Nestled in the Himalayas, in the state of Devbhoomi Uttarakhand, lies the entrance to the underground cave city known as Patal Bhuvaneshwar. It is believed that this massive underground city has internal paths which lead to Kailash Mansarovar, Char Dham, Kashi, and Rameshwaram.
Spread across 160m and at a depth of 90m, the portal to the nether world invites all.
History of Patal Bhuvaneshwar
In the Treta Yug, Raja Rituparana of the Suryavanshi Dynasty is said to have visited this cave.
He was given a tour of this cave city by Sheshnag himself. In Dwapar Yuga, the cave was rediscovered by the Pandavas and Draupadi during their last trip across the Himalayas.
Later, in 1191 CE, Adi Shankaracharya too meditated on the cave premise. The priest family of the Bhandaris has been performing religious rites and looking after the cave temple premise since the time of Adi Shankaracharya. They also act as guides to the site. The cave has been mentioned in the Manaskhanda of the Skanda Purana.
Visiting Patal Bhuvaneshwar Cave
After an overnight stay in Chaukori, I left to visit Patal Bhuvaneshwar early morning the next day. From the parking lot to the temple entrance, one has to walk a distance of 800 m. The railings of the path were adorned with bells and red forehead bands, welcoming the pilgrims to the site of divinity.
One has to buy a ticket and deposit all baggage and electronic gadgets in a locker. Mobile phones and cameras are not allowed within the cave temple premise. If required, prior permission from ASI has to be taken for photography and videography. You can also purchase the images from shops on the premise.
After removing the footwear, a group of 20 people (close to 5 families) was assembled and led into the narrow mouth of the cave with the help of Pandit Bhandari.
While holding the metal chain, crouching in the dimly lit entrance one has to climb down into a sharp 75-degree drop. Maneuvering on the slippery pathway, crawling from one tunnel to another is definitely a survival of the fittest.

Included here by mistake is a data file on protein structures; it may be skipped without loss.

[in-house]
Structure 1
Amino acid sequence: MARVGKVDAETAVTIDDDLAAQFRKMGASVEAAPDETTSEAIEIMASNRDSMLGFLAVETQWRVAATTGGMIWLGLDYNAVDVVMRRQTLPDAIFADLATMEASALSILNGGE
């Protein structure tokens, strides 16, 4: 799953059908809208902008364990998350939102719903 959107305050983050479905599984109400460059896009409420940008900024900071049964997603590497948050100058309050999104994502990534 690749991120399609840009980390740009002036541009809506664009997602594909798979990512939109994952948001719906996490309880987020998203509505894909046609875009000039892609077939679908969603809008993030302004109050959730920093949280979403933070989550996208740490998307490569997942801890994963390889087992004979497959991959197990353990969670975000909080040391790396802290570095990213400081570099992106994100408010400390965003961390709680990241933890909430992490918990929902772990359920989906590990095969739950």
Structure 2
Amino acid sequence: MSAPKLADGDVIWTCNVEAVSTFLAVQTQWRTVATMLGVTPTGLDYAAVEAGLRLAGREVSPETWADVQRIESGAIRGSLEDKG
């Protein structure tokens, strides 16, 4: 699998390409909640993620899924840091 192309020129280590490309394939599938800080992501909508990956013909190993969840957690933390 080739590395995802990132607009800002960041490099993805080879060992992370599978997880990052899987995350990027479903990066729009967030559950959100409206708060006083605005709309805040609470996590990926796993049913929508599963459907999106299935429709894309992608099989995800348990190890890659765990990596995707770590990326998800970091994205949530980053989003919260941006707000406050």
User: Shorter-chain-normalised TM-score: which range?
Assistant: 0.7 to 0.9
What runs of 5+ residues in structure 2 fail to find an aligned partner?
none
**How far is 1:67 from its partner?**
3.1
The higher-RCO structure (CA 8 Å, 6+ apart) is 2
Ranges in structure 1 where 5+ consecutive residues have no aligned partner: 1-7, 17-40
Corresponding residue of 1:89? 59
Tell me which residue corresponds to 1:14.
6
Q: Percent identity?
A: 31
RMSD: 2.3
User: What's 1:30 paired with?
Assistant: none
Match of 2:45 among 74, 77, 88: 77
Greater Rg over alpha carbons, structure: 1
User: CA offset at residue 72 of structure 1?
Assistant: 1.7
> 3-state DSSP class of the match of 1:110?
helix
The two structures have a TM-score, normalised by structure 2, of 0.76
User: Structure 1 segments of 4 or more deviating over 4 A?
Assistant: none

The oxygen level in the cave is very low. Moreover, the rate at which atmospheric oxygen gets replenished is very slow. Hence, pilgrims are split into small batches. In case you feel dizzy, make sure to inform Panditji (priest). They have a few oxygen cylinders inside the cave to help pilgrims acclimatize to the cave’s atmosphere.
On reaching the floor of the cave, it felt as if the cave was extending endlessly on all sides. The floor was cold and one’s feet get covered in a layer of damp greyish-black soil. On reaching the base of the cave, the guide starts the tour.
In Hindu culture, Sheshnaag is the mighty snake that carries the Earth on its hood. It is said that from its mouth, the entrance of the nether world or Patal Lok begins.
As soon as one reaches the floor of the cave, the limestone formation of the Sheshnaag welcomes the pilgrims. On the sides of the cave, one can clearly notice its long, sharp fangs while its skeletal frame is right below the feet.
Vasuki and the Yagna Kund
On the walls of the cave, the impression of the thin long snake Vasuki was visible. This snake rests on the shoulders of Lord Shiva. Right below the wall was a yagna kund (a spot of a ritual sacrifice). According to Panditji, in this yagna kund King Janmajaya conducted a yagna to avenge his father’s death by killing all snakes on earth and patal lok.
Adi-Ganesh (Original form of Ganesh)
On walking further, one can view the limestone structure of Adi Ganesh. The structure looks like the body of a child without its head. On the surface, one can see 3 holes for the spine, breath and food respectively. Right above is another rock formation of a large Brahmakamal flower from which drops of water regularly nourish the structure below.
It is believed that this is the original form of Lord Ganesh, right after his head was severed. The drops of water from the Brahmakamal flower kept the body alive until another head was found to replace it.